We're going back to our Austrian roots...It's Time for a History Lesson
A Brief History of Booms and Busts in 20th and 21st Century United States
The Federal Reserve set the stage for The Great Depression beginning around 1920s when it began a series of credit expansions, each resulting in bouts of inflation. The largest credit expansion occurred around 1927, and created unsustainable speculative bubbles in the stock market and in land, setting the stage for The Great Depression with a prior recession. President Hoover exacerbated the recession through a series of fiscal policies such as the subsidization of agriculture, pushing banks to offer riskier mortgage loans in order to increase housing availability, artificially inflating union worker wages, and putting tariffs on international trade. In 1929, the country fell into a depression.
FDR took office, and repeated the same policies of Hoover, but with a new twist. He increased welfare and public works programs (“The New Deal”), essentially prolonging the depression through government stimulus. Instead of attempting to pay back the borrowed money from previous expenditures, the country went deeper into debt. Around 1934, the Federal Reserve made the decision to reflate the economy through an expansion in the supply of credit. This increased bank reserve balances, and decreased interest rates to an arterially low level. Before WWI, economic growth was not organic, or fueled by an increase in production. It was fueled by an increase in credit.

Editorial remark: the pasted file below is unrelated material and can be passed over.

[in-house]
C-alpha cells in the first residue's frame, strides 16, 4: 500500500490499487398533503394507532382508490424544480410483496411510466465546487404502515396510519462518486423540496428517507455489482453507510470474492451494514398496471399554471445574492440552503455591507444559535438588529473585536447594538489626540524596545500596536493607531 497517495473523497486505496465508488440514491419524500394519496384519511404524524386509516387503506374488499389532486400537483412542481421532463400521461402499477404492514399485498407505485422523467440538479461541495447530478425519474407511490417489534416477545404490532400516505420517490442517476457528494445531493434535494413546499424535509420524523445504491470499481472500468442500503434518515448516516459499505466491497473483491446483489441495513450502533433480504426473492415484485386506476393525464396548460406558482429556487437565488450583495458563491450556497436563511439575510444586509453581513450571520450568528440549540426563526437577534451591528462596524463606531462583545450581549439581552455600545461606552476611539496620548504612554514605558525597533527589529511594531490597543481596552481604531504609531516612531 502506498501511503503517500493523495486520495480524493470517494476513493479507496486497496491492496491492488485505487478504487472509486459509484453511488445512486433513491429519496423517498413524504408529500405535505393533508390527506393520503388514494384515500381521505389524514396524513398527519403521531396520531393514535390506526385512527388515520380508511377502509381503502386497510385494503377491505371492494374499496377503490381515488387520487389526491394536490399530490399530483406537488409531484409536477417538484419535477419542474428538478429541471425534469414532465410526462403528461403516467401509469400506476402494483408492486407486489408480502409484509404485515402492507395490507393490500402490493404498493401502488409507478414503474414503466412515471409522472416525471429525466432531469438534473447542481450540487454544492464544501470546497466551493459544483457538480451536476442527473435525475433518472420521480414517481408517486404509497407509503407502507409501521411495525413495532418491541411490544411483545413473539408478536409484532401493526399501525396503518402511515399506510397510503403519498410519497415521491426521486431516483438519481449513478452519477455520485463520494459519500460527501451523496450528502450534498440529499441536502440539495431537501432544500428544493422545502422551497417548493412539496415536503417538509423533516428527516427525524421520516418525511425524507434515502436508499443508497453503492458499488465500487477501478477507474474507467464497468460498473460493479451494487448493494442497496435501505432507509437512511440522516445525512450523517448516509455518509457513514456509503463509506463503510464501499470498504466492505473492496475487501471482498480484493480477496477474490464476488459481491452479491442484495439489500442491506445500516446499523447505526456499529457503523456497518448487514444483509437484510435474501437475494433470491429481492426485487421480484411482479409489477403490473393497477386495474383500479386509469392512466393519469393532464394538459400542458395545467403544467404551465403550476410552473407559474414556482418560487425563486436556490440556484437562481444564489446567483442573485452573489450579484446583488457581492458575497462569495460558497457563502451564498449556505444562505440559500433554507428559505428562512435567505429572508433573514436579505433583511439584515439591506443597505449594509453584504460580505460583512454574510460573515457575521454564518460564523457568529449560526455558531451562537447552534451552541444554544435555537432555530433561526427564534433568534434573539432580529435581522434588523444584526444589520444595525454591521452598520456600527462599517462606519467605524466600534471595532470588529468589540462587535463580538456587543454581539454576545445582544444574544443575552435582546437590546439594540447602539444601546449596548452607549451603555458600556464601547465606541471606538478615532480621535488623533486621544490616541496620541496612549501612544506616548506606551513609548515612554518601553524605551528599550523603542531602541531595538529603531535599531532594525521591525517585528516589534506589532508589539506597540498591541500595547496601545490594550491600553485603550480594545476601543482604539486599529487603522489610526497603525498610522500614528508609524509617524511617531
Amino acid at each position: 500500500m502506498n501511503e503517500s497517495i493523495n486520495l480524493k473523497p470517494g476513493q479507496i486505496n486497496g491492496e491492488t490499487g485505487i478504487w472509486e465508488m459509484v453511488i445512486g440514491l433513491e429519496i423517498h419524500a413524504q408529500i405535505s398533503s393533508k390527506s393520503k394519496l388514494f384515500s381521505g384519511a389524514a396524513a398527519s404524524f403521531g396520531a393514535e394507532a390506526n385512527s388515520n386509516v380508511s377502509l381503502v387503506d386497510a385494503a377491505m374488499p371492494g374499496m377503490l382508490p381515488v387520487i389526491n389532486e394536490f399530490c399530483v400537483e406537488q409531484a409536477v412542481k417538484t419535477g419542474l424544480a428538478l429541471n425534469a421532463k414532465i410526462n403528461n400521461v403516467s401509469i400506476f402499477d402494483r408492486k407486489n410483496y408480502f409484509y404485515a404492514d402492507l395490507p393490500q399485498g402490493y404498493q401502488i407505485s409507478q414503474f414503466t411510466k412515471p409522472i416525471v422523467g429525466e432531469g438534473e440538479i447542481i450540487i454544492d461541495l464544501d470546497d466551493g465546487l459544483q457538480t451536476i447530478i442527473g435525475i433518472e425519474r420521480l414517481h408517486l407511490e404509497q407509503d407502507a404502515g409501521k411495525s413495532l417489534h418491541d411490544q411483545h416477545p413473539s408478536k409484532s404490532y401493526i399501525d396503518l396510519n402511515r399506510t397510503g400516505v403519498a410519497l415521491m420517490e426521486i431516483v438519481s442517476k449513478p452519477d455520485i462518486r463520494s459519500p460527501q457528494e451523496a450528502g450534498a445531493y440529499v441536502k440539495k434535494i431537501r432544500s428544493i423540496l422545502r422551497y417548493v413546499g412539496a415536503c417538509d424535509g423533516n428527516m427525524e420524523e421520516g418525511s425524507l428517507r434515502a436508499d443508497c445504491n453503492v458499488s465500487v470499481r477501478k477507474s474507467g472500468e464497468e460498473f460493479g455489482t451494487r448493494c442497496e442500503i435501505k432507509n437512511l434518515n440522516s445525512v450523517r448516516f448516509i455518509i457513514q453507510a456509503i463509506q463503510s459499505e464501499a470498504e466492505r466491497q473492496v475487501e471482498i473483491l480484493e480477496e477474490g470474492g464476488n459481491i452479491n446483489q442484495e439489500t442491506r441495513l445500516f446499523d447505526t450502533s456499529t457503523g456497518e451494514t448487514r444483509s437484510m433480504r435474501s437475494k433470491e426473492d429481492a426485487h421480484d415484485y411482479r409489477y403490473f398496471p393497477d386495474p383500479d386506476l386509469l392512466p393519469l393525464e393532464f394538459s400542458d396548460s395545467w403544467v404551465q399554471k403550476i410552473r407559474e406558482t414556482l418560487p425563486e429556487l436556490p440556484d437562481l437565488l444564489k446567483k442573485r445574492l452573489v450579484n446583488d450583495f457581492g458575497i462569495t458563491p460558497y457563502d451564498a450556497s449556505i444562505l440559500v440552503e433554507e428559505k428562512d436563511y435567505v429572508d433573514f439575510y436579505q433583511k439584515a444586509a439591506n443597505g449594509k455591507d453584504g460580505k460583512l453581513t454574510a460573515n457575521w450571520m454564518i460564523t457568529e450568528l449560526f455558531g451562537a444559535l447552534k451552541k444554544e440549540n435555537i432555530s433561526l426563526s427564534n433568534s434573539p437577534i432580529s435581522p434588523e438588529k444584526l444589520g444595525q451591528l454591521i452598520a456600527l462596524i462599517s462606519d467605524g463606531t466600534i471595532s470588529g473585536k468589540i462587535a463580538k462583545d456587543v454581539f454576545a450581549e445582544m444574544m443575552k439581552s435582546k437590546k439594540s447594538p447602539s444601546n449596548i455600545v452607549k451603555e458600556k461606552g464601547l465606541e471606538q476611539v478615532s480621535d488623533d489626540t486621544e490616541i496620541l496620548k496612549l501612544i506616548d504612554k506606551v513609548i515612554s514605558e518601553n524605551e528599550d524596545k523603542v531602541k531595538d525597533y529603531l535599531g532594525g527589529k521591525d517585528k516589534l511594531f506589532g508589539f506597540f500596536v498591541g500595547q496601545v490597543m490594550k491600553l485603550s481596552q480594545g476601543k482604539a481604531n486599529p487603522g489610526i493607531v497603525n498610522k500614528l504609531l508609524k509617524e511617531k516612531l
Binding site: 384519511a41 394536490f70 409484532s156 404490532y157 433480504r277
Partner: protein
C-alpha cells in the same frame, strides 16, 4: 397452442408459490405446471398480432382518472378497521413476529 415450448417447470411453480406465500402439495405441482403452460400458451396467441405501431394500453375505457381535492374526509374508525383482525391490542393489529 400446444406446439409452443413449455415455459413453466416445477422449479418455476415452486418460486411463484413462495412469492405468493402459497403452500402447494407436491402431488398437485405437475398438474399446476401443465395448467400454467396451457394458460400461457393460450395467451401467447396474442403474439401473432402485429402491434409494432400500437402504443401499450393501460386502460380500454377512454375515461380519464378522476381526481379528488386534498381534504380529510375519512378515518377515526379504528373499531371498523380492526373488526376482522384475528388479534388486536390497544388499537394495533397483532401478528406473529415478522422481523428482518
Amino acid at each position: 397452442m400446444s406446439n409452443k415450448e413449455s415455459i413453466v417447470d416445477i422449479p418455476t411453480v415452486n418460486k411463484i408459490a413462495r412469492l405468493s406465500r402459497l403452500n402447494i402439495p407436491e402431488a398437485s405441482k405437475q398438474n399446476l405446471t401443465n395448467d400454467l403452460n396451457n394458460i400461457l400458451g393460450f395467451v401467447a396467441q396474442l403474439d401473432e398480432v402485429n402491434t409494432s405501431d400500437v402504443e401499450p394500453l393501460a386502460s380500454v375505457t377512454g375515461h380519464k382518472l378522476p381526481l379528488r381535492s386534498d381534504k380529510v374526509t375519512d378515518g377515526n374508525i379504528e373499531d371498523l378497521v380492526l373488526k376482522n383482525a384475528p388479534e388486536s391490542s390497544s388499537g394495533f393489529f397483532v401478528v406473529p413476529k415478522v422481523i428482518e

In the 1940s, the United States involvement in WWI and WWII created economic growth as the U.S. expanded its manufacturing sector to produce equipment and machinery for the war. While the rest of the world was decimated after WWII, the United States remained the sole leader in manufacturer, and their economy intact. Unlike Europe, the U.S. was not used as a battleground. The United States replaced Great Britain as the dominant power, and with it, the dollar become the world’s reserve currency through the Bretton Woods Conference. The U.S. had the qualifications: a strong manufacturing-based economy, and a strong currency. The dollar was backed by gold. In contrast with the abdication of economic responsibility in the 1920s and 1930s, the U.S. now served as the model economy.